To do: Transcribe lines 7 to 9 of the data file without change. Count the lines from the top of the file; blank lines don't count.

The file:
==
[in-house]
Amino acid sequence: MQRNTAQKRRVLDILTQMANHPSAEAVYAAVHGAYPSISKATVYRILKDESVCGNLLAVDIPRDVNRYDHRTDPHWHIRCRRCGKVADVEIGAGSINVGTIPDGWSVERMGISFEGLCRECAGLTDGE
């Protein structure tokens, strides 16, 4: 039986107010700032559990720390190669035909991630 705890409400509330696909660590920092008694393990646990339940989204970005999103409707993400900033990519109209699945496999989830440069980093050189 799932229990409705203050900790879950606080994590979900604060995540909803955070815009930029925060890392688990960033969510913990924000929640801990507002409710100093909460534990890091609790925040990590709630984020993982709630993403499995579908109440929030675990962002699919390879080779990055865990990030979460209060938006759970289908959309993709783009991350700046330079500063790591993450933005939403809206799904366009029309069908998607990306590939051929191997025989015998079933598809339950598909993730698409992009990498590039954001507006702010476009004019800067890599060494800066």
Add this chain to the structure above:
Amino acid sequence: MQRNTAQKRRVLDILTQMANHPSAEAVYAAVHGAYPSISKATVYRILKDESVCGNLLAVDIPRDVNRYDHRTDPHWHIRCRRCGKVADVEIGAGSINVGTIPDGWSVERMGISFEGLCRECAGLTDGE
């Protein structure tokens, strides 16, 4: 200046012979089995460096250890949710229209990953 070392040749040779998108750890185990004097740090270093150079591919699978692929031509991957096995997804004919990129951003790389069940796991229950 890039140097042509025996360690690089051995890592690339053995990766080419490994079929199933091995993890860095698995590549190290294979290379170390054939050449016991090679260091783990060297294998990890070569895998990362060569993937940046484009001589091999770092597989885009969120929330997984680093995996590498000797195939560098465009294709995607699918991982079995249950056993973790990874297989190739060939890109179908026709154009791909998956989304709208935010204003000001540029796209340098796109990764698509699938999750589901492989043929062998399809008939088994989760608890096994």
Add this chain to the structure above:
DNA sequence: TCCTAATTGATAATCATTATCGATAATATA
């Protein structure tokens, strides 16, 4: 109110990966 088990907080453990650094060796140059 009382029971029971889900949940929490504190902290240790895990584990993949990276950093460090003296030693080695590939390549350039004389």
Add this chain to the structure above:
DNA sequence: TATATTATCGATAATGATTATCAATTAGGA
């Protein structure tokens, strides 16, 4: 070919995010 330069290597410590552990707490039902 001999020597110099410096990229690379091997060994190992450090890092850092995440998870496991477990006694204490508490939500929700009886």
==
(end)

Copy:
Add this chain to the structure above:
DNA sequence: TCCTAATTGATAATCATTATCGATAATATA
């Protein structure tokens, strides 16, 4: 109110990966 088990907080453990650094060796140059 009382029971029971889900949940929490504190902290240790895990584990993949990276950093460090003296030693080695590939390549350039004389």